The second positive force is the availability of large amounts of agricultural land suitable for vineyards for wine production. Land that has not yet been planted to vines and costs a fraction of the value of land in established wine regions.
Research over the past six years has helped in providing key data, particularly from the University of East Anglia led by Alistair Nesbitt and Stephen Dorling. Their latest research in 2022 has looked at climate change projections for UK viticulture to 2040. By mapping these changes, they have been able to identify land which is currently underdeveloped for viticulture. They have highlighted my home area of East Anglia as one of England’s sunniest regions which is currently the least developed.
Not surprisingly this is attracting large investment into English Sparkling wines. From existing landowners recognising the potential of their land for wine production, new entrants buying small amounts of land to make their own artisanal wines, and the big established Champagne and sparkling wine brands like Taittinger and Freixenet buying land or existing businesses.
The demand for wine tourism is here now
The potential is not just on the supply side. There is increasing demand from consumers too, with a recent VisitBritain survey suggesting 42% of inbound tourists would enjoy a visit to a winery.
It’s not just foreign tourists, the UK has experienced a significant rise in “staycations”, with UK’s home-grown visitors looking for more places to visit and events to attend in the UK.
And demand isn’t just in the summer. Speaking recently to Linda Howard of Gifford’s Hall in Suffolk, their last tour of 2022 was 10th December, and the first of 2023 was on 3rd February.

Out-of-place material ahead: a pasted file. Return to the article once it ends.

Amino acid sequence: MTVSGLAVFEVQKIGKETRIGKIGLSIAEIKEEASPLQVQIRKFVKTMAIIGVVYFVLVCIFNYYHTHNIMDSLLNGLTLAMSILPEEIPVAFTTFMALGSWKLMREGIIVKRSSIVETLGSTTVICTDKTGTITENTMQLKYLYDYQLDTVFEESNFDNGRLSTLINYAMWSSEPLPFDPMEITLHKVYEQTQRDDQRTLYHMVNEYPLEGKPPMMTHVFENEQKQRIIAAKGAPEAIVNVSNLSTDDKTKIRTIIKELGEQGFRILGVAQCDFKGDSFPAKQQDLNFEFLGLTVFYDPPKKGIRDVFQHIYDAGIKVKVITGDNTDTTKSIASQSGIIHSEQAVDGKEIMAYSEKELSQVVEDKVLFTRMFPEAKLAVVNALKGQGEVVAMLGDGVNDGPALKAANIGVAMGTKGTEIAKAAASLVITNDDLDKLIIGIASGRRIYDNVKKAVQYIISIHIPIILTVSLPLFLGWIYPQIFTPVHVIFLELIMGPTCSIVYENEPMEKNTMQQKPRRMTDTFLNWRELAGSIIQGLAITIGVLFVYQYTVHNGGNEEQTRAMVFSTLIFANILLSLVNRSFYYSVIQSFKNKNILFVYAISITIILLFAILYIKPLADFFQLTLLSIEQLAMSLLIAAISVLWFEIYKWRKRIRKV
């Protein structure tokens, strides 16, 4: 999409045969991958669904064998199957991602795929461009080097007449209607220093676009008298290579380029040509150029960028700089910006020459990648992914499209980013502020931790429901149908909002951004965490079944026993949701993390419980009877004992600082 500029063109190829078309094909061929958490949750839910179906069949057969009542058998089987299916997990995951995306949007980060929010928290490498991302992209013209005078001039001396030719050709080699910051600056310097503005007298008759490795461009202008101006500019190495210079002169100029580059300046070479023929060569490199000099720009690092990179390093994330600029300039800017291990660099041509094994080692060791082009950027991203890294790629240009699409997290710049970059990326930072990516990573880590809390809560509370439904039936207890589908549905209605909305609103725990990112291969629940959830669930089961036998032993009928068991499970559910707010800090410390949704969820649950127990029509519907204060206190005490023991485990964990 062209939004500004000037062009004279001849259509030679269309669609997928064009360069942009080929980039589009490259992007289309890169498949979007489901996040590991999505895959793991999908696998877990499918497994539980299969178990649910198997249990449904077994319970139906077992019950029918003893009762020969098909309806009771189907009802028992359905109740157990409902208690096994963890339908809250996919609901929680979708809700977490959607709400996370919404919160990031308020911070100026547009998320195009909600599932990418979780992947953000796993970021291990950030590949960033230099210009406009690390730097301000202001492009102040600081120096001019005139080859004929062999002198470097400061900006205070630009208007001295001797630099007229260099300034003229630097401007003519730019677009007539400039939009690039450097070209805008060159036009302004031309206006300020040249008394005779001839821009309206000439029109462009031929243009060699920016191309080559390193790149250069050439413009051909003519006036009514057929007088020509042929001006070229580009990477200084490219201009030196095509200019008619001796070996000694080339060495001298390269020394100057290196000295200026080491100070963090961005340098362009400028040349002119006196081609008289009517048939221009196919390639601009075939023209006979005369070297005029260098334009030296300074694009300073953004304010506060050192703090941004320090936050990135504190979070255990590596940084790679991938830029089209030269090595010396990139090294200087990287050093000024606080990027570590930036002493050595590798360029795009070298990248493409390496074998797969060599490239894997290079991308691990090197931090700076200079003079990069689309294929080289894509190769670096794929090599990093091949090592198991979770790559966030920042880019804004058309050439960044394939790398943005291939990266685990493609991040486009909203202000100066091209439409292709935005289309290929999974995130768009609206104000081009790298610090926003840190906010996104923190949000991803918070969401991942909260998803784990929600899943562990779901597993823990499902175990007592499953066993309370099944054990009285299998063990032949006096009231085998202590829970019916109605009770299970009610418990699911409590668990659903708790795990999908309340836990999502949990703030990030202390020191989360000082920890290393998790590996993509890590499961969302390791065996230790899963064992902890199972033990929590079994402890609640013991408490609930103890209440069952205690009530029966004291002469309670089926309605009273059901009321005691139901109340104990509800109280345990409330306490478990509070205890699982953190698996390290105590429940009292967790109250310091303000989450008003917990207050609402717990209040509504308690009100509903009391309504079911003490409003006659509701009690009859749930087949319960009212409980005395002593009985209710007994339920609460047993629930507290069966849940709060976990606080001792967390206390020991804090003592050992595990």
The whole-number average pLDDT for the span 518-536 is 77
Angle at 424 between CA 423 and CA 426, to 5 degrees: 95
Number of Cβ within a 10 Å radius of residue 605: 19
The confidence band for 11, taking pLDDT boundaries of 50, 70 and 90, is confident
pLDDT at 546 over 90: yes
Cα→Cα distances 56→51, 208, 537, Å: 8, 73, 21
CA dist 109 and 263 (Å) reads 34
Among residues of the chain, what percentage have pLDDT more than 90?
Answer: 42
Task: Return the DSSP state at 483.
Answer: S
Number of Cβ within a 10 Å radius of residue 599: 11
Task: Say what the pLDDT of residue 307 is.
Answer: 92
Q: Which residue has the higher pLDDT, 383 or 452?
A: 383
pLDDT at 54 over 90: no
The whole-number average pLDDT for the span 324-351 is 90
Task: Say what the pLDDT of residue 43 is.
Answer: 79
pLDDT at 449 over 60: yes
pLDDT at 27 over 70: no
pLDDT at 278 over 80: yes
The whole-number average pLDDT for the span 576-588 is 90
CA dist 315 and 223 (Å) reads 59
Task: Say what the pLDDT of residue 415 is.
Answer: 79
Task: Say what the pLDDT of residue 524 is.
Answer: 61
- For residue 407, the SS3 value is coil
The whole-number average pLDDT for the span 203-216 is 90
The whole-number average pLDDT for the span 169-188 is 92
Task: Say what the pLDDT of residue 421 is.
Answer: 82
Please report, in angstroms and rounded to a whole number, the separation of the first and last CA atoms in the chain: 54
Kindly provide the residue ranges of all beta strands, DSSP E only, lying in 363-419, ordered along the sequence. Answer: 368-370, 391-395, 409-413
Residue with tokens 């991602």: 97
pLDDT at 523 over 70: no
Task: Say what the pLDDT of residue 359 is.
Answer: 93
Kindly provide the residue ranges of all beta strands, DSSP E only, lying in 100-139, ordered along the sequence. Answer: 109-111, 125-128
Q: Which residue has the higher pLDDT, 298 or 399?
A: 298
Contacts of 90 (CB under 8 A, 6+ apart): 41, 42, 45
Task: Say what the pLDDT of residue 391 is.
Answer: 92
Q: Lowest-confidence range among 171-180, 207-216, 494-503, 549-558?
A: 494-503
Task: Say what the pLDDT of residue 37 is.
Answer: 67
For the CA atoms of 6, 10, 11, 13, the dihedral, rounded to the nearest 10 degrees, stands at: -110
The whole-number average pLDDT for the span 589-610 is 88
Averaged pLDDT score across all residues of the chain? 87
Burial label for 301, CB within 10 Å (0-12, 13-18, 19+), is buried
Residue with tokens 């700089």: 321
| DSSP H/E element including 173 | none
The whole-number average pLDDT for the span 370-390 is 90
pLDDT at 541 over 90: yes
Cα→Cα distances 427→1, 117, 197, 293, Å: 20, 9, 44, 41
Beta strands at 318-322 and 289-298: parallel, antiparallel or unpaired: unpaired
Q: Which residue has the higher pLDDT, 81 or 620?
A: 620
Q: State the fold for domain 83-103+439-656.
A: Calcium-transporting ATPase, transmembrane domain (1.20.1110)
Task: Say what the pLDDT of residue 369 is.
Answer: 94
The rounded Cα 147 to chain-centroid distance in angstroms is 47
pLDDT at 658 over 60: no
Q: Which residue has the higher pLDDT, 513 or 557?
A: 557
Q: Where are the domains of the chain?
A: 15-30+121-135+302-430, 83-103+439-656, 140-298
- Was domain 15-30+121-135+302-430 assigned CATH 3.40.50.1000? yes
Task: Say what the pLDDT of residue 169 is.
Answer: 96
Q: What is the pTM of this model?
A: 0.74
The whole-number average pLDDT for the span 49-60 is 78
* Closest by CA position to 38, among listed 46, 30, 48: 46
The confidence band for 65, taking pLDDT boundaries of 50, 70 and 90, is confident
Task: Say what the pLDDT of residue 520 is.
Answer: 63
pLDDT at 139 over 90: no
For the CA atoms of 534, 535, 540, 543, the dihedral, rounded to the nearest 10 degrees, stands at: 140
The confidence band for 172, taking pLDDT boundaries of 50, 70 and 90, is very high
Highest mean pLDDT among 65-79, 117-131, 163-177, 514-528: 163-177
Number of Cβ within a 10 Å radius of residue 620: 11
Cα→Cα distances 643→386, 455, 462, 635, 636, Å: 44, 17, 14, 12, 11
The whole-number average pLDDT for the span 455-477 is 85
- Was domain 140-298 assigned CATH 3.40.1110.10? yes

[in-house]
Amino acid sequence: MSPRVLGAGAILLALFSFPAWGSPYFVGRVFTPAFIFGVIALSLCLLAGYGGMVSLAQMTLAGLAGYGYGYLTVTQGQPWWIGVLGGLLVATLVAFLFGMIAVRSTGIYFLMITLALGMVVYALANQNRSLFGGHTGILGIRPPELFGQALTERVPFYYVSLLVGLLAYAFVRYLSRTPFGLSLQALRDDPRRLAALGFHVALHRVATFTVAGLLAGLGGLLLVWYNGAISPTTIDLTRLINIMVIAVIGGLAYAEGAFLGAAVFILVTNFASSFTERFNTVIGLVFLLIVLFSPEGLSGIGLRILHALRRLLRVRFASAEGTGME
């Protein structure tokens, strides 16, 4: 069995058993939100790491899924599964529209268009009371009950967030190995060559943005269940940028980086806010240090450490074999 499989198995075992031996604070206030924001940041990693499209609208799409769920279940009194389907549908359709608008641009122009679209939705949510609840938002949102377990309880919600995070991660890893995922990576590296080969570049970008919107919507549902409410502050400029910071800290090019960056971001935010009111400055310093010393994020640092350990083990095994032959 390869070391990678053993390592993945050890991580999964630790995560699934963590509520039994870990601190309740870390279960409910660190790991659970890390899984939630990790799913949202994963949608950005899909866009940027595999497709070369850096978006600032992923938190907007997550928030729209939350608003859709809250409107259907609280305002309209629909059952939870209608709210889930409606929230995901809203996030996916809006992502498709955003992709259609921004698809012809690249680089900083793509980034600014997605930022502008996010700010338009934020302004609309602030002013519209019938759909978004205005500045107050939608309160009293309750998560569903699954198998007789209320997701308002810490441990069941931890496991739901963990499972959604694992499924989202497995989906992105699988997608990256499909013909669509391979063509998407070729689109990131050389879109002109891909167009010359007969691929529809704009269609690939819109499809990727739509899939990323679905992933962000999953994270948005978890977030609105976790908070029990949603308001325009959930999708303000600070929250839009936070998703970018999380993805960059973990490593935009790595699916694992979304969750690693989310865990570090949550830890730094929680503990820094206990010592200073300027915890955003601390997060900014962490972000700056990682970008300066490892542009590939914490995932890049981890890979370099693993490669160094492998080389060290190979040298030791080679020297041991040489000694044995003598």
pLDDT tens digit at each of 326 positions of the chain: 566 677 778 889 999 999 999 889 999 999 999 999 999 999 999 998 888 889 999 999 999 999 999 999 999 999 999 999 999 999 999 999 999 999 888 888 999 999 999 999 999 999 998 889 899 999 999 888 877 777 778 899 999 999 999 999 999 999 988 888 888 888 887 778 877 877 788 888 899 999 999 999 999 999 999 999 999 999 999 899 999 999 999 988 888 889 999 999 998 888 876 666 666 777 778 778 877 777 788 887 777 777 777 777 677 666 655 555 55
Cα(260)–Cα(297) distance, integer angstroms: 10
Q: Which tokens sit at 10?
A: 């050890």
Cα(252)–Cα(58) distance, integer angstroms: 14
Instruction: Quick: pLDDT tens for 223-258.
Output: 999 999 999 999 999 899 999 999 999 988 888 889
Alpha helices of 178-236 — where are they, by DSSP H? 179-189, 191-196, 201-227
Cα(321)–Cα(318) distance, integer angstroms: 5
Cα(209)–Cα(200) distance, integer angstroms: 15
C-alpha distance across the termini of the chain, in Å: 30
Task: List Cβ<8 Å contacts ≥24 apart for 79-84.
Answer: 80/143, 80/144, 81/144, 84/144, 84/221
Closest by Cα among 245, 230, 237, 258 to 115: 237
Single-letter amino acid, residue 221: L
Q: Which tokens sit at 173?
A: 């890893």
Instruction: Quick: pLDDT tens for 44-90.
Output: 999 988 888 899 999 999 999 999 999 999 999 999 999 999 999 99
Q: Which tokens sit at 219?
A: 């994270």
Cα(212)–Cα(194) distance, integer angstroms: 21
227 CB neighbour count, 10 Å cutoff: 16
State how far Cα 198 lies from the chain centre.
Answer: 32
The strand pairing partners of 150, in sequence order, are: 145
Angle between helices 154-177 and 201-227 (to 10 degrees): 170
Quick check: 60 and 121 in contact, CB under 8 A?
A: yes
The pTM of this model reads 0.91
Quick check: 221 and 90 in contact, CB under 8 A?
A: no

What does the future hold?
With increasing vineyard investment, WineGB’s 2021-22 annual survey identified that the number of vines planted each year had averaged more than 1.6m.
This, together with more vineyards offering tours and tastings to promote cellar door sales, has resulted in the development of companies such as organised wine tours.
At the moment these organised tours are few and mainly focused on vineyards in Sussex and Kent, being the closest vineyards to London (the dominant tourist destination in the UK). And arguably home to the largest concentrations of the most developed wine tourism facilities.
As mentioned earlier, Great British Wine Tours are using an historic big red London bus to run their tours in Sussex. English Wine Tasting Tours pick up from London to take tourists around the vineyards of Kent, and Vine + Country focus on food and wine pairing on their tours of Sussex and Kent.
As these support companies increase in number and scale, and other companies catering to the tourist trade see the potential of wine tourism, the market will accelerate.
English vineyards themselves are part of the process, beginning to work together to provide online tools to help tourists discover them. Examples include Wine Garden of Kent and Vineyards of the Surrey Hills, founded by eight Kent vineyards and five Surrey vineyards respectively.
WineGB has identified wine tourism as key to the development of the wine production industry and they will be working on several initiatives to help their members maximise this crucial sales channel.
As part of this, I am working with WineGB's Eastern region on identifying ways of developing wine tourism in the East of England.
One of the great advantages we have in Britain is the ability to learn from other wine regions where wine tourism is already well established. As someone who has travelled extensively, I have seen how wine tourism can develop successfully.
Using the experiences of other regions gives the UK the opportunity to learn from them, and tailor our tourism to maximise the unique qualities of the English wine industry.
England is a beautiful country, and its vineyards are in some of its most attractive locations. Vineyard tourism gives local and overseas tourists alike the opportunity to experience the countryside and taste great wine.
I think you can tell I am a fan.
Particularly whilst the industry is still young, tours and tastings can offer the opportunity to meet the growers and makers themselves.
That situation won’t last as the industry develops. Don’t miss out!